So, what is to be done? Nothing probably. Despite the economic viability of many of the factories the government refuses to investigates proposals to rescue any. And, in the current economic context, supported by what the data tells us, the prospects of employment for those sacked do not look good.

But, the fight goes on - and I am sure I speak for all of those who look at this blog from time to time, when I say that we are in solidarity with them in their fight.

In Solidarity


Thursday, 10 May 2012

Goodbye Vidal Sassoon


It was very sad to hear the news of the death of Vidal Sassoon as his departure marks the loss of one of the UK's true fighters again fascism. Most people only know of Sassoon as a high stylist - and of course he is rightly regarded in this respect - but for many on the left his true legacy is his active role as a member of the infamous 43 group of Jewish ex-servicemen and women who took the fight to Moseley's Blackshirts (and other far-right groups) in the immediate aftermath of the second world war.

I hadn't heard of this aspect of Sassoon's life until, as a student at Ruskin College, I read Maurice Beckman's famous analysis of the birth and activity of the 43 Group (

Sassoon never hid his roots as an anti-fascist street fighter and in the period when he took up scissors rather than rocks invested time and money into tackling racism and anti-semitism. To get a flavour of why he joined the 43 Group and its relevance to the fight against racism here is an extract from an interview he gave to the Jewish Chronicle a few years ago.

The 43 Group: Their legacy remains
“It was a rather strange situation because the war was over. Before the war there was quite a strong fascist party led by Oswald Mosley and he and his cohorts were put in detention (jail) during the war by Churchill. After the war they came out and immediately started up again with their anti-Semitism and running through the streets and having meetings, it was quite ridiculous. Many truly brave Jewish ex-servicemen started the “43 Group” because there were 43 people at the first meeting they had. These were tough men who had been through the war. Of course volunteers were needed, I was 16 or 17 at the time, most of my friends joined the 43 Group and there were quite a few hundred of us. Truly the fascists were smashed in the streets and yes if you were scared at times [it was] because it was scary. But after we saw the pictures that came out and the whole story of the Holocaust, there was actually no way we could allow fascists to run through the streets. I was arrested one night and put in jail, the following day the judge told me ‘to be a good boy’ and let me go. That was our life in those days, we decided that we were absolutely not going to allow what happened pre-war when Jews were just beat up indiscriminately in the streets. It worked beautifully because of mainly the tough Jewish characters that were in the British armed forces during the war, they were the people that did it. But also there were quite a few gentiles who had seen the camps, the horror of Europe and fought with us.”

Sadly Sassoon lived long enough to witness the rise of new, virulent forms of far-right activity in the UK, but what he, and other members of the 43 group bequeath us is the spirit to continue the fight.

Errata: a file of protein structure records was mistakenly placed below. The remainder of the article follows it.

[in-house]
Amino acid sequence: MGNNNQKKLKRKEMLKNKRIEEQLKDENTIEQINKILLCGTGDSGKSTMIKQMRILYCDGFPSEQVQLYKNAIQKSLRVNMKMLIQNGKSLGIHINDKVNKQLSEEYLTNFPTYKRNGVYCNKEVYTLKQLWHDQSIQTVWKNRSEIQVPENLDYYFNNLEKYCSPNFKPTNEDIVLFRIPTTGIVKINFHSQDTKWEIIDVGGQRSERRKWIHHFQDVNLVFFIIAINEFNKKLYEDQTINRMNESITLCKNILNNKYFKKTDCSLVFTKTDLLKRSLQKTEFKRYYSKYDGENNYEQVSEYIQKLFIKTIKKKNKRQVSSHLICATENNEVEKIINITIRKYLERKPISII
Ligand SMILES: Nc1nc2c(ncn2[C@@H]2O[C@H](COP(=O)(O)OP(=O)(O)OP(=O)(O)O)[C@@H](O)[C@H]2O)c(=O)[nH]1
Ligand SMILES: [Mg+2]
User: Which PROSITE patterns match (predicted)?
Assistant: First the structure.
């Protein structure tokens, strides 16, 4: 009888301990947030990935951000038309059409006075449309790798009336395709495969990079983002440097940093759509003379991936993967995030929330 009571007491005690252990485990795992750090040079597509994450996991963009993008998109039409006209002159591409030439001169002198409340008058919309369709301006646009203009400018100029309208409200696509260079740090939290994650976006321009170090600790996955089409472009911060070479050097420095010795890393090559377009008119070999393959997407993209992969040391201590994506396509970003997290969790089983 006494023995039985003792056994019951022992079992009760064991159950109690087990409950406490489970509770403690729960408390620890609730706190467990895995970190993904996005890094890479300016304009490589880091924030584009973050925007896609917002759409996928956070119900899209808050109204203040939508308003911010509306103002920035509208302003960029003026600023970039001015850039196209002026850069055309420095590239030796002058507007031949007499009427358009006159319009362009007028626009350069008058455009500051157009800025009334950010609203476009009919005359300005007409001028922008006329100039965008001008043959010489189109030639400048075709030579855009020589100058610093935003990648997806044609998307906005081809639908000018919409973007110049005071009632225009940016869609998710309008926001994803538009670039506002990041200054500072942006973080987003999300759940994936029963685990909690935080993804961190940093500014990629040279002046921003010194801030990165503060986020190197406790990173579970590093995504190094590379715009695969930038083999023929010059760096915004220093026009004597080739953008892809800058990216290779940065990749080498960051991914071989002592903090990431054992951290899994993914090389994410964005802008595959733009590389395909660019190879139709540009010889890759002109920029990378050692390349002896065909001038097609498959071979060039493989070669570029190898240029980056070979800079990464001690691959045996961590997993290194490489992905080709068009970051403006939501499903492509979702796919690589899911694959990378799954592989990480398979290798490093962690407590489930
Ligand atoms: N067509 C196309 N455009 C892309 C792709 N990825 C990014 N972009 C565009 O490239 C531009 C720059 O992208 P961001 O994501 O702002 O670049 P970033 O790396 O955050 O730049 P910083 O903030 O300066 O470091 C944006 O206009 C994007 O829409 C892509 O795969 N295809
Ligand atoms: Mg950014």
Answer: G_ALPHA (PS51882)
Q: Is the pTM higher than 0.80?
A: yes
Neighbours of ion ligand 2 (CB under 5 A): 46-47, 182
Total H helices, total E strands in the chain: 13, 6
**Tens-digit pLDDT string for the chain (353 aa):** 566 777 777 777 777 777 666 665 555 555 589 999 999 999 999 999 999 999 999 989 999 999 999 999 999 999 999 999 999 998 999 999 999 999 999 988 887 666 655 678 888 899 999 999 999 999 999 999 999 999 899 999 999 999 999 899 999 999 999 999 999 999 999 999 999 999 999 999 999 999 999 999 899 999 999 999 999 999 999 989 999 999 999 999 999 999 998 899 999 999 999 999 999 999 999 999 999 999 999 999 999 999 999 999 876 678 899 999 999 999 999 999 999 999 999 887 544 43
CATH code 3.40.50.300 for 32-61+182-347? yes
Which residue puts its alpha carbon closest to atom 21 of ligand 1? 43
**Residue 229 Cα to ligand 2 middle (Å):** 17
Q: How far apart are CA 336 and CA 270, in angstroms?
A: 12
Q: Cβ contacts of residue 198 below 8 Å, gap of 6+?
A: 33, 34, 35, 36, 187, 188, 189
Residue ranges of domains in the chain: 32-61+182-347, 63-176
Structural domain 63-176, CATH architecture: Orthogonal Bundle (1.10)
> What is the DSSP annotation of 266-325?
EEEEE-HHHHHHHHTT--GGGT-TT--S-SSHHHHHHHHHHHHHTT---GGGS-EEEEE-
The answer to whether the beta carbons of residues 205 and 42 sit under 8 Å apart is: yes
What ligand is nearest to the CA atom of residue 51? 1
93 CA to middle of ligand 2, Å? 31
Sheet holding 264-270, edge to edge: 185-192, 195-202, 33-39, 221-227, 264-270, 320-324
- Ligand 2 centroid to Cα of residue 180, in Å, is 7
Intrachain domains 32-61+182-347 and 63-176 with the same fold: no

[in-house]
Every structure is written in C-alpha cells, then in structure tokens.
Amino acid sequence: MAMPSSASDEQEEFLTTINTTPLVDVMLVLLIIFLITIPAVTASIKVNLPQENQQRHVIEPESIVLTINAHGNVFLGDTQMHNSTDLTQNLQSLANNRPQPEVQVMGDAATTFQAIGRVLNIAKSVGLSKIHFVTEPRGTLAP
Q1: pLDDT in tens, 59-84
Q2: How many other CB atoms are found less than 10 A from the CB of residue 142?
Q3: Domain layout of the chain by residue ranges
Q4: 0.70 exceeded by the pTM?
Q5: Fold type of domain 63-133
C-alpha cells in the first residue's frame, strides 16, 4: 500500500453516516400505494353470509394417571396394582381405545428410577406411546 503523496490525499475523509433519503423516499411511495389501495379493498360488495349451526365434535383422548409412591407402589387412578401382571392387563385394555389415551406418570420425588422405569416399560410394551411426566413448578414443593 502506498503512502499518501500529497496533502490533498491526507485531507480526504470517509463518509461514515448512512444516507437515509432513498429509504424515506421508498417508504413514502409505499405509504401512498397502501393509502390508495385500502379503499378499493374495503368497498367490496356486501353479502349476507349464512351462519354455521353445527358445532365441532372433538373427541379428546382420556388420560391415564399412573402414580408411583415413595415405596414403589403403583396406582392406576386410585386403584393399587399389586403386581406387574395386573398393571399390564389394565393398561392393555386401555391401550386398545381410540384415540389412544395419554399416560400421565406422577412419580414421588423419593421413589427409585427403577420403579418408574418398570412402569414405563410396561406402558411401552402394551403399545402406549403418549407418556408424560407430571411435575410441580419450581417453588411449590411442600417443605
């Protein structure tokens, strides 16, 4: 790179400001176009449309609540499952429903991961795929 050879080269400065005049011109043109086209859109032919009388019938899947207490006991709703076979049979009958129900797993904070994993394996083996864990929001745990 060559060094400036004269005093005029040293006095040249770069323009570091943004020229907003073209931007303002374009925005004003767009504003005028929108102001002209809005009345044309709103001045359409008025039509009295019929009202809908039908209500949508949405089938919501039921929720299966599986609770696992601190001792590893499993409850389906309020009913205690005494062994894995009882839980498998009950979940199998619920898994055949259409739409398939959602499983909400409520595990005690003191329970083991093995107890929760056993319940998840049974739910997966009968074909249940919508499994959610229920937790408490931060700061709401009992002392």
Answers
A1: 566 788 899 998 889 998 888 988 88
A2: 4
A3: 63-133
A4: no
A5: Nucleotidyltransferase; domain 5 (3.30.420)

Goodbye Vidal Sassoon.
In Solidarity

Tuesday, 8 May 2012

Support Strike Action: 10th May

Quite rightly May has got off to a cracking start with great May Day events across the UK, the NHS Rally on 7th, national pensions strikes on 10th, the GMB Remploy lobby of Parliament on 9th (I'll be there and posting an item later in the week) and plenty more to come.

What with Labour's impressive local government performance last week and the generally poor standing of the Coalition at the moment, now is the time for the labour movement to be visible and championing all of those directly effected by the austerity programme.

Even police officers will be mounting a show of disgruntlement with the Coalition later this month - things must be bad! But, as I have argued before, we should attempt to seek some solidarity with police officers and certainly especially police staff as the privatisation of the criminal justice sector continues apace and threatens to disrupt the fabric civil society in ways as yet unprecedented - read the post a few days ago on privatisation and you'll get the gist.

For a list of action/events across the UK for the strike action on 10th May:

If you aren't sure how to keep up with the lastest action/news etc use Union News;

In Solidarity


Tuesday, 1 May 2012

Spaces and Places: May Day 2012


May Day greetings to you all wherever you are.

There is an excellent piece in today's Guardian (link below) which is an interview with Noam Chomsky (in reference to his forthcoming book) by two leading US Occupy activists.

Part of the interview focuses on the lessons learnt from the Occupy movement and Chomsky draws on labour movement traditions in his response.

One of Chomsky's themes is the notion of the spaces/places that movements need to meet/reflect and share allied movements - well worth reading - as is his new book (only £4 at The Guardian bookstore - which is linked to the article.

It is the notion of this overlap of ideas/movements which led me to selecting the image above for this year's May Day events.

I do hope that whatever you are doing today brings you together with like-minded activists and that you enjoy May Day 2012.

In Solidarity